Jerick McKinnon took the handoff left and hit heavy traffic in his own end zone, bouncing off a Minnesota blocker to find a different route out of the end zone.
Somehow, he avoided the safety.
Racing right, the young running back scampered through a crease in the middle of the field to carve out a 10-yard gain for the Vikings in the second quarter of the exhibition opener at Cincinnati last week. McKinnon caught a short pass to convert a third-and-2 on the next play, too, extending a drive that ended with a long touchdown throw by Teddy Bridgewater.
McKinnon’s diverse set of skills and the nature of successful offenses in the NFL have made one of the smallest players on Minnesota’s roster one of the most important. Meaningless preseason games or not, McKinnon’s value is set up for another increase this season.
”It’s a good situation for me, I feel,” he said, alluding to the presence of Adrian Peterson in front of him.
For the Vikings, too.
”We want to be able to use Jerick a lot. I’m hopeful that he has a very good year,” coach Mike Zimmer said. ”He’s a great kid. He works real hard. Doesn’t hardly ever make mistakes.”
The fact that Peterson has turned 31 is only part of this equation. If any player in the league can defy the limits of at-his-age production, Peterson is probably him. He led the NFL last season with 1,485 yards rushing with only six carries that netted more than 25 yards, all behind an offensive line that never found its footing.
Peterson simply isn’t the same threat when down and distance dictates a pass, in terms of both catching ability and blitz pickup. McKinnon can handle those tasks more to the coaching staff’s liking, and he brings the shift in style and stature that can be an effective change to throw at a team geared up for Peterson.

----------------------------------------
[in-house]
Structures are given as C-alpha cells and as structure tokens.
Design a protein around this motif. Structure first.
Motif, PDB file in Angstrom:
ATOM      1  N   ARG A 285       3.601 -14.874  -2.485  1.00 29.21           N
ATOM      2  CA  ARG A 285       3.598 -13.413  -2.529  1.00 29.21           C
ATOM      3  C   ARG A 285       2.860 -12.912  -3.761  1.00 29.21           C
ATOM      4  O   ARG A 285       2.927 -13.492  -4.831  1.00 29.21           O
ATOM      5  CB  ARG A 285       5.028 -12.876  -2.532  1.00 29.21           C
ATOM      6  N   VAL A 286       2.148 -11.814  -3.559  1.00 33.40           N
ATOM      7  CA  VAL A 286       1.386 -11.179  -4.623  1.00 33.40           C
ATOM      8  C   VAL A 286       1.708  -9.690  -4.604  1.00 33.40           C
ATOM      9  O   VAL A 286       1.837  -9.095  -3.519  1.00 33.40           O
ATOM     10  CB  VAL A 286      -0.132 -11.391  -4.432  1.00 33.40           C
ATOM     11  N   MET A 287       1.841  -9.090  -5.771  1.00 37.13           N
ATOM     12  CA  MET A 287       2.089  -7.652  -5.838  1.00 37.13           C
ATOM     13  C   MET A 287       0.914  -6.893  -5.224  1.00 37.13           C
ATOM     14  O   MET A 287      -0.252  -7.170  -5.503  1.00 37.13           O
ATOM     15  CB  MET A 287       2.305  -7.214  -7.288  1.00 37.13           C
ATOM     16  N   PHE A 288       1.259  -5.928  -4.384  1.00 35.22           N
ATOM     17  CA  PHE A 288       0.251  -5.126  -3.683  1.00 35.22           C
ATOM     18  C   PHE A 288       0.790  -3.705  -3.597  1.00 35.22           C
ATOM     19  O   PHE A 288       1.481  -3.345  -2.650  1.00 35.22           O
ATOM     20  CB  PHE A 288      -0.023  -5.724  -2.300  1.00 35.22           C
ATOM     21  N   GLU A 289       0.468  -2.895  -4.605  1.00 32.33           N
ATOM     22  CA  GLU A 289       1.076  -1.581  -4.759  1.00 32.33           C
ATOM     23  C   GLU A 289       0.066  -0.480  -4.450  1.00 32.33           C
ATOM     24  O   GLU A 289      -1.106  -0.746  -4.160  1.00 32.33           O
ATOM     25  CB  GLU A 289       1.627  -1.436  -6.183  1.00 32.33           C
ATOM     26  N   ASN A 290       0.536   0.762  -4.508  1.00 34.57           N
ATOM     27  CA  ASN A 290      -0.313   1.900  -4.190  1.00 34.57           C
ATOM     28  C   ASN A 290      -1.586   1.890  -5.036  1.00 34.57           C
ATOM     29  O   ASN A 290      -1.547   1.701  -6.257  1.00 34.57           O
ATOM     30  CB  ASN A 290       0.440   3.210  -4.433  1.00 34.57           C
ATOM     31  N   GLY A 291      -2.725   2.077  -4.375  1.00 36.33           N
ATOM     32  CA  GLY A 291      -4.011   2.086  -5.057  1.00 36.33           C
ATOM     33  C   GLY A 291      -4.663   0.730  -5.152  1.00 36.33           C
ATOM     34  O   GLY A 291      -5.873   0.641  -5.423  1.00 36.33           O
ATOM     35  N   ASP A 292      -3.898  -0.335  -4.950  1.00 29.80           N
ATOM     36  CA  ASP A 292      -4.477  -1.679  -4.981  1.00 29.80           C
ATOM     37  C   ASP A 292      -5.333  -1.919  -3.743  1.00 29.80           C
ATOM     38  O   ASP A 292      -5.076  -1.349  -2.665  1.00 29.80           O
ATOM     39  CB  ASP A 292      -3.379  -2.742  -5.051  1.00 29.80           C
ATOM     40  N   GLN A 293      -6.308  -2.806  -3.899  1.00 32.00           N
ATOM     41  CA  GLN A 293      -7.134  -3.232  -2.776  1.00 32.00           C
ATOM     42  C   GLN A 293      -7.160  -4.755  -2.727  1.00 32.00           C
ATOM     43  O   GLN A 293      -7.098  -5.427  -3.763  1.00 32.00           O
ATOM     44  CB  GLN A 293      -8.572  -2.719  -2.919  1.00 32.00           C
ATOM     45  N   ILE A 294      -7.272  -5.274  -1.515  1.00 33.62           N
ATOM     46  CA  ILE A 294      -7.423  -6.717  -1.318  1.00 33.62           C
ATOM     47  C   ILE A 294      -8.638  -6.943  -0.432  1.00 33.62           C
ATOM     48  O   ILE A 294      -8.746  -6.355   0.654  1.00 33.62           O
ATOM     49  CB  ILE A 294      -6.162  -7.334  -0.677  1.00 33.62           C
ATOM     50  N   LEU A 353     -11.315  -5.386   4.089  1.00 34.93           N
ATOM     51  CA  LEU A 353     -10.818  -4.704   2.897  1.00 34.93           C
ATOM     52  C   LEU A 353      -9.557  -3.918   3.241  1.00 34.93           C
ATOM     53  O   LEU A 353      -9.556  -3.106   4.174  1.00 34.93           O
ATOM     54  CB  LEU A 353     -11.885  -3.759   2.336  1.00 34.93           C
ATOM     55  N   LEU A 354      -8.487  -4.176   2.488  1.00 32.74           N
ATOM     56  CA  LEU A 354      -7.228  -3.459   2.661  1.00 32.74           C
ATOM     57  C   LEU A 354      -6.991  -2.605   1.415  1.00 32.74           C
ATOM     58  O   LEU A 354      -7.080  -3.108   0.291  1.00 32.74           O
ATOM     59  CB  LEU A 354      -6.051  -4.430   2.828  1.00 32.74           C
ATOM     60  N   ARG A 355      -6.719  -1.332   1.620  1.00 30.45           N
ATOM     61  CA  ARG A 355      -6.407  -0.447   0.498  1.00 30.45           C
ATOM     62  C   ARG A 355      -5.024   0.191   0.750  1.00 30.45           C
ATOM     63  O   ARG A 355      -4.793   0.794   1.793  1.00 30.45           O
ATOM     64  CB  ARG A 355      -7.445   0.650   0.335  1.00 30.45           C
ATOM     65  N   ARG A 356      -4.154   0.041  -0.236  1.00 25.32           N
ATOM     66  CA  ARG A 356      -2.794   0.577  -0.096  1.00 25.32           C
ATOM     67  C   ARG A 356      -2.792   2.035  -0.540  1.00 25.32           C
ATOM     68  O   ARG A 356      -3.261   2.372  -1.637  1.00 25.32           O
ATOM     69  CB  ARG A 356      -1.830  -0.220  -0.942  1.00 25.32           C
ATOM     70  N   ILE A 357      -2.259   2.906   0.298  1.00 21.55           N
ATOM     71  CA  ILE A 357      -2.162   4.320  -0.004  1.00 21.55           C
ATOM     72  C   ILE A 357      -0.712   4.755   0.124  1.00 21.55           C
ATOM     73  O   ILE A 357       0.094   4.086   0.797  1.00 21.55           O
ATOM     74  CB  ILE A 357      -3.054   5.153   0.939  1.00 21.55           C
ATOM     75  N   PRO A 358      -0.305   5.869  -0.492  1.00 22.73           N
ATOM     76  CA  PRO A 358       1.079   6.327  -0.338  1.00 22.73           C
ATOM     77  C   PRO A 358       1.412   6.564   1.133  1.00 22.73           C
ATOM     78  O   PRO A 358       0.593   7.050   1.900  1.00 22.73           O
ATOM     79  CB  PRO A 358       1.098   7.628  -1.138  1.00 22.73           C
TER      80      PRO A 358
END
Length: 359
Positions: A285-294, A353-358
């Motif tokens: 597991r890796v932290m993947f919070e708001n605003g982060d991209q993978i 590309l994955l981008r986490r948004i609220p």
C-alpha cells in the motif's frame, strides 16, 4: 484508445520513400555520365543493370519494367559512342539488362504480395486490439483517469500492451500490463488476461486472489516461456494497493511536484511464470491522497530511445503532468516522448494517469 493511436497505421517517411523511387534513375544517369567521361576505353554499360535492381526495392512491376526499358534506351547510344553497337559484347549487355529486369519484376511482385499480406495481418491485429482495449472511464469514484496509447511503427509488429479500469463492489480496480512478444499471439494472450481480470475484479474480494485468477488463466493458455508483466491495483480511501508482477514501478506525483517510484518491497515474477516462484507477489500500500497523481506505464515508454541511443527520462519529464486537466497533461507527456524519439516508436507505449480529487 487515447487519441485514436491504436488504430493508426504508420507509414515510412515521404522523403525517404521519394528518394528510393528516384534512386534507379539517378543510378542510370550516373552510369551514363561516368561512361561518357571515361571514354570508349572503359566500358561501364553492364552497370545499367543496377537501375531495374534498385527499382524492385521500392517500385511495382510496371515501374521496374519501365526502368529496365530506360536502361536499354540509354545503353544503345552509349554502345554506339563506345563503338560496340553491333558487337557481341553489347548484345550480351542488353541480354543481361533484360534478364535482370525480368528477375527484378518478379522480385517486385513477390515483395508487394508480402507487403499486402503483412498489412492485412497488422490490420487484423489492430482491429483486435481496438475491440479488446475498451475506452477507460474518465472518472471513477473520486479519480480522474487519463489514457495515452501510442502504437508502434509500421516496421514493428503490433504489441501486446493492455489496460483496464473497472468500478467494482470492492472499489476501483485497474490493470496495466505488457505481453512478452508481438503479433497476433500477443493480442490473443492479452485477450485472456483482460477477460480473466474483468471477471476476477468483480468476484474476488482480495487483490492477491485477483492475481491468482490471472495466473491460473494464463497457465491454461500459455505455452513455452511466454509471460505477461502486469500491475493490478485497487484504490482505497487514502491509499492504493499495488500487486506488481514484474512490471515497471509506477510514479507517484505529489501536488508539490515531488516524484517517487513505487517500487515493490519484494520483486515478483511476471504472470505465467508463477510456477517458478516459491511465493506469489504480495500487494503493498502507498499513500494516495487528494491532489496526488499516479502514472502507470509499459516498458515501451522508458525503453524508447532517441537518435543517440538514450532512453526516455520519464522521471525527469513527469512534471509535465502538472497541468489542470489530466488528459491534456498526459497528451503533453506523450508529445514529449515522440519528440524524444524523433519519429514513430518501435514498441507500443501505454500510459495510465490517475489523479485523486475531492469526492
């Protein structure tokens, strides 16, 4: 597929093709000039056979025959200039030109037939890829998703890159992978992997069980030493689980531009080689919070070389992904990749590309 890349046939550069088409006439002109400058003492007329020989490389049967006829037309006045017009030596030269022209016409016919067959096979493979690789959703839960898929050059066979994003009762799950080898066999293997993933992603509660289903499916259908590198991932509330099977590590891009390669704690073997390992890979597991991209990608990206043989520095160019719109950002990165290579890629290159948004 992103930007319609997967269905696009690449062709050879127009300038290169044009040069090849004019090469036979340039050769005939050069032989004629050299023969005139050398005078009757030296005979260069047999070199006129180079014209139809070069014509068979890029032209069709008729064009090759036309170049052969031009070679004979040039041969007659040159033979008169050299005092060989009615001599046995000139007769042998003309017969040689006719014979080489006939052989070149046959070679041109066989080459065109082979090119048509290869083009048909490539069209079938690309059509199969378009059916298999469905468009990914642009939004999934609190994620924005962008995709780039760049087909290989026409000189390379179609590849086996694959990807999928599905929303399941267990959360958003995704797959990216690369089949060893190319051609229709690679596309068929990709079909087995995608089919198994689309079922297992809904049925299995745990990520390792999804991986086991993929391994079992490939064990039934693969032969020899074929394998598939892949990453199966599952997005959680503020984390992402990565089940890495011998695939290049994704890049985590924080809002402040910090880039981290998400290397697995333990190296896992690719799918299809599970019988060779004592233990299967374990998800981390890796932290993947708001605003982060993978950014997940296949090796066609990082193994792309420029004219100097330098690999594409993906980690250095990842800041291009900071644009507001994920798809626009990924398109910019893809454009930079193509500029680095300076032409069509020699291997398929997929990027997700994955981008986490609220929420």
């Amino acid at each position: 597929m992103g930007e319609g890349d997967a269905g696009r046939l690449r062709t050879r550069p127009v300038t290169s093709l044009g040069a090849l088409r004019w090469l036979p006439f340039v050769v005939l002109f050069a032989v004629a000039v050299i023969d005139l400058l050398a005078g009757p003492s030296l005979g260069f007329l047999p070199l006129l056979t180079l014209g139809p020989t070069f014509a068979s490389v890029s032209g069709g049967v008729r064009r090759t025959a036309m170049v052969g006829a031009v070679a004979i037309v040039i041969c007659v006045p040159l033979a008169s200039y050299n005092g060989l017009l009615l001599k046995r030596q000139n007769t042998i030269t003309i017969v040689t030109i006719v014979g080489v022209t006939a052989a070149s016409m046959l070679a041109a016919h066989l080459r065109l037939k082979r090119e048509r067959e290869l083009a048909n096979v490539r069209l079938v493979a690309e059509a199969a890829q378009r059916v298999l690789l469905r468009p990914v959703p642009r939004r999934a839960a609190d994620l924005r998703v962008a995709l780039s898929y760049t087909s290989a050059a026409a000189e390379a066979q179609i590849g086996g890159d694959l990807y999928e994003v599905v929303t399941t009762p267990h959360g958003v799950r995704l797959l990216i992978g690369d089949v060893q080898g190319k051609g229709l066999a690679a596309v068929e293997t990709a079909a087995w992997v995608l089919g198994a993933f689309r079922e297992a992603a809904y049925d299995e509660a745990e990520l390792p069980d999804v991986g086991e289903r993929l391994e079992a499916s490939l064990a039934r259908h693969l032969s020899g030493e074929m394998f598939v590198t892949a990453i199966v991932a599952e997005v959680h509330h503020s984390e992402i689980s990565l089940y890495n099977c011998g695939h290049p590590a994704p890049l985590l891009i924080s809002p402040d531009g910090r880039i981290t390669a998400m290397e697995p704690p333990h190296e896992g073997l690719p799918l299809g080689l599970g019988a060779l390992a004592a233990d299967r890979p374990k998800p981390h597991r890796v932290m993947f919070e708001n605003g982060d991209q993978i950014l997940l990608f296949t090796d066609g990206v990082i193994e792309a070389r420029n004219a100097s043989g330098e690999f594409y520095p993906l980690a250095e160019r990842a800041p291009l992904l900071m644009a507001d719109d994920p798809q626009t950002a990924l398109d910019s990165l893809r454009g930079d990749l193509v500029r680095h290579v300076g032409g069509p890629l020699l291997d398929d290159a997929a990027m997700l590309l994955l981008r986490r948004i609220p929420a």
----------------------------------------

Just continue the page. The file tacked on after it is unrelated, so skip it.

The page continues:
”There are certain games where they’re really going to struggle with a guy like him, and there are certain games that it may not be the best fit,” offensive coordinator Norv Turner said. ”So those are the decisions we make on a week-to-week basis, but it’s nice having him because we know he’s an explosive player.”
McKinnon’s versatility as a running back, wide receiver, cornerback and option quarterback at Georgia Southern in college earned him the nickname ”Jet” and a selection by the Vikings in the third round of the 2014 draft. He averaged 6.1 yards per touch in his second year in the league on 52 carries and 21 catches. Turner acknowledged the possibility of putting both McKinnon and Peterson in the backfield for certain plays.
”It’s only smart to use that guy and put him in there against different defenses, so we can take advantage of him,” said Peterson, who often has a hard time conceding the benefit of fewer snaps for him.
To stay on the field more, the 5-foot-9 McKinnon must be able to withstand the jarring contact that comes with carrying the ball in the NFL. Peterson said he’s noticed his position mate become more of a physical runner through the middle. McKinnon said he gained 11 pounds during the offseason to get to 206 pounds.
”That was something last year I kind of had trouble with, keeping my weight,” McKinnon said. ”It’s hard, coming out here. You’ve just got to stay dedicated to eating. It’s hard, being out here for so long, you’re not really hungry going in, but you’ve got to push yourself to eat.”
Even with the extra pounds, McKinnon joked recently that his fellow running backs, even the rookies, still treat him ”like the little brother” in the room.
His impact on the Vikings this season ought to his outreach his size, though.
”I just feel it’s all coming together,” McKinnon said. ”I just think if I get the opportunity to be able to contribute more, I feel like I’ll have a lot to showcase.”